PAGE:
Friday, January 14, 2011


Beans in the teens

The Federal Reserve has followed an easy money policy for most of the last 20 years. What that means is they have allowed banks to borrow from them especially in times of crisis and they have lent at below market rates, again chiefly when the economy was weak or during a financial crisis. Markets got use to the removal of moral hazard aka the Greenspan put.

Cheap money will flow into areas of speculation which is why we have had a running series of bubbles during this time. The stock market, housing, and, now, commodity markets are the areas that have seen hot money. These money flows have distorted prices and lead to economic dislocations the biggest being the huge amount of foreclosures due to overbuilding of homes.

In 2008, crude oil approached $150/barrel and $5/gallon by the summer. This was another bubble and it could not be sustained because commodity prices eventual run into the consumers ability to pay. Unlike previous bubbles the commodity bubble hurt many more people than it helped and it made a bad recession much worse. We are seeing the return of the commodity bubbles in 2011 and I think it will have the same effect. Look at charts of soybeans, oil, gold, the stock market, and many other markets and you will see people piling onto trends caused not by economic growth but by cheap credit offered by central banks all over the world in the mistaken notion that the only way to fight deflation is with inflation.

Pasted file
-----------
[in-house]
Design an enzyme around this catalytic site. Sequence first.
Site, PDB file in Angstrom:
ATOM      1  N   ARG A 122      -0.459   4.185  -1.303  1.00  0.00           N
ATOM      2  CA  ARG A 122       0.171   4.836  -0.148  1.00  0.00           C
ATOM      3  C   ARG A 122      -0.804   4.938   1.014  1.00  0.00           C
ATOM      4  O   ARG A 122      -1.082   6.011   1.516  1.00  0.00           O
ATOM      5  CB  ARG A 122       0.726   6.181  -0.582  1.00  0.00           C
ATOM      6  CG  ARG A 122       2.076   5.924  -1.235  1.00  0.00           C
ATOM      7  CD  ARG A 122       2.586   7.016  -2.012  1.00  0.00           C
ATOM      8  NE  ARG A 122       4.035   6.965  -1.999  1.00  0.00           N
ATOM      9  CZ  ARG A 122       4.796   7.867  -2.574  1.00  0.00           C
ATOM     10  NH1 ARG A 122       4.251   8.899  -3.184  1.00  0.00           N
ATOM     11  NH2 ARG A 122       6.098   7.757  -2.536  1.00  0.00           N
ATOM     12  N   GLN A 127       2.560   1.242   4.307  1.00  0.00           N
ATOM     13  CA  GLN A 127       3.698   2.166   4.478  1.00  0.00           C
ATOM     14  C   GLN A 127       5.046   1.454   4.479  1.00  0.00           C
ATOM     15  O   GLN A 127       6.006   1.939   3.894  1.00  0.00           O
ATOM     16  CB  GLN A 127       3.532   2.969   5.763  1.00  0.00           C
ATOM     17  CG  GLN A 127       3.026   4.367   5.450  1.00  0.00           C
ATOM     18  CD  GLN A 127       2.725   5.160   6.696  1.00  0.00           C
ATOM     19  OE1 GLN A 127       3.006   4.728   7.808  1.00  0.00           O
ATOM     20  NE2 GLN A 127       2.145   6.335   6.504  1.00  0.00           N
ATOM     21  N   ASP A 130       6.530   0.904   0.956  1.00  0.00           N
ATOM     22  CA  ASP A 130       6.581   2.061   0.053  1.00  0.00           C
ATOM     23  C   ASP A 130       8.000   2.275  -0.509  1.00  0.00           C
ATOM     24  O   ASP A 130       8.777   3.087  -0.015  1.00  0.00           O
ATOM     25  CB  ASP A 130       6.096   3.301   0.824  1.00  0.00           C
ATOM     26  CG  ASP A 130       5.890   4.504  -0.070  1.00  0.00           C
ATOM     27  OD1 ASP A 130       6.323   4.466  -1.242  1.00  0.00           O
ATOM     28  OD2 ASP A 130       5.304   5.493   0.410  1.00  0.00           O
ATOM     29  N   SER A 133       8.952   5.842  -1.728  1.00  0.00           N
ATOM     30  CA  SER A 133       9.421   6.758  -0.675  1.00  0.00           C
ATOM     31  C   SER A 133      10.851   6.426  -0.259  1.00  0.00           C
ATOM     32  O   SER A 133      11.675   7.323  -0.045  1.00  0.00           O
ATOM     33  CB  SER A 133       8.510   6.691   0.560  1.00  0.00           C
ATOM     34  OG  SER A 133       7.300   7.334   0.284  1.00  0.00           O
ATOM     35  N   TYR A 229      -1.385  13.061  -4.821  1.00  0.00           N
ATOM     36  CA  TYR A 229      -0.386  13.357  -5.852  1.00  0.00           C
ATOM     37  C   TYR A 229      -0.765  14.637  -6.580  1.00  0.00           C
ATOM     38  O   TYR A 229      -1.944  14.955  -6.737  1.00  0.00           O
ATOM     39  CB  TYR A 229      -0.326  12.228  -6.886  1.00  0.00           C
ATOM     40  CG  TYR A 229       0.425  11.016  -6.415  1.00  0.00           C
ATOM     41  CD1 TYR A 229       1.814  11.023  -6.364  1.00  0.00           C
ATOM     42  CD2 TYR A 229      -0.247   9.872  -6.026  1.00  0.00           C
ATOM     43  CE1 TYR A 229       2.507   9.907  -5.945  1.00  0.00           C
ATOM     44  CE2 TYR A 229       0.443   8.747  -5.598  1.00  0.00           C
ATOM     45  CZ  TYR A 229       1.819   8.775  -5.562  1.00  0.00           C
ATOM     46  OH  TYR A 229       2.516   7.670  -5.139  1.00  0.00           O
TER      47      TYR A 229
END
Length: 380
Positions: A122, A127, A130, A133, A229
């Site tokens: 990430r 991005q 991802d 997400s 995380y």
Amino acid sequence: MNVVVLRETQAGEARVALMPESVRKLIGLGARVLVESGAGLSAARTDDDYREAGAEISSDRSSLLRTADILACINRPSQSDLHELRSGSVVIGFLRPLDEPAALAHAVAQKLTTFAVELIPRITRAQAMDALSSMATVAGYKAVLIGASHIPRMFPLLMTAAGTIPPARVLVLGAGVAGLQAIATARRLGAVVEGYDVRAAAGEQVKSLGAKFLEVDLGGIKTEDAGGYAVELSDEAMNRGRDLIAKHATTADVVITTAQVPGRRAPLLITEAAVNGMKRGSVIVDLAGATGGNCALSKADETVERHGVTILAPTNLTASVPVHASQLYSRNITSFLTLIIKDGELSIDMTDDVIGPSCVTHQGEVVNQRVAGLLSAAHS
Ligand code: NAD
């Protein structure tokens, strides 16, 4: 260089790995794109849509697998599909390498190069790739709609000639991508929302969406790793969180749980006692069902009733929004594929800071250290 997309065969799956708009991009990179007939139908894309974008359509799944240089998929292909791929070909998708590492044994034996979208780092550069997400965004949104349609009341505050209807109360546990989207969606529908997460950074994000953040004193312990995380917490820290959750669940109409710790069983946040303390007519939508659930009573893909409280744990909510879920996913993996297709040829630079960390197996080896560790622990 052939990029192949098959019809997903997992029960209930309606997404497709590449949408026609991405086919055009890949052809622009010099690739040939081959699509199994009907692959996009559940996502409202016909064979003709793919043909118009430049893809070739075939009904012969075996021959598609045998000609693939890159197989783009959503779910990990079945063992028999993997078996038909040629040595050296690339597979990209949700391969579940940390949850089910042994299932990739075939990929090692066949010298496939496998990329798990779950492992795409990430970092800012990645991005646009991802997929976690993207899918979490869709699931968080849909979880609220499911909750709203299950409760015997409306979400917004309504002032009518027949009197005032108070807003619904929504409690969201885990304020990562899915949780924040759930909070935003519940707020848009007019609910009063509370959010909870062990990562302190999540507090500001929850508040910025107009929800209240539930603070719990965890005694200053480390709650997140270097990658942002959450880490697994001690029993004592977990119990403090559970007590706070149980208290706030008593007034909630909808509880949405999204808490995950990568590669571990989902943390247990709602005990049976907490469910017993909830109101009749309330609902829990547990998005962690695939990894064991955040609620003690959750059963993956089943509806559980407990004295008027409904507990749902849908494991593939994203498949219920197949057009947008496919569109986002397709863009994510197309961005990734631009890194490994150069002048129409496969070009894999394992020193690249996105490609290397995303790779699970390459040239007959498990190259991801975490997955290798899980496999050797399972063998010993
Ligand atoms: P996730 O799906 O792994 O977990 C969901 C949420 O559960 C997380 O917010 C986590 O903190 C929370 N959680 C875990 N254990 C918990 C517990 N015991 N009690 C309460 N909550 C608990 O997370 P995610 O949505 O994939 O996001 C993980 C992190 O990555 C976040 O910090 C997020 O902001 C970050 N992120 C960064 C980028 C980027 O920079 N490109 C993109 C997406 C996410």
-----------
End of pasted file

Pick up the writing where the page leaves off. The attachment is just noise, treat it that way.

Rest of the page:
Unfortunately this is likely to end badly.* Watch long term interest rates. I think they will keep going up as long as the commodity bubble is alive. I still think deflation is going to win in the long run. We have to ring out the excess speculation** out of economy before it can begin growing again in a non-stimulated, business driven way.

Update: It's beginning to feel like the '70s.

*Also unfortunately I have no idea when this will end. Could be next week, could be in a year.
**Prices need to reflect incomes and returns on investment, not the momentum of speculators piling into the latest hot market.

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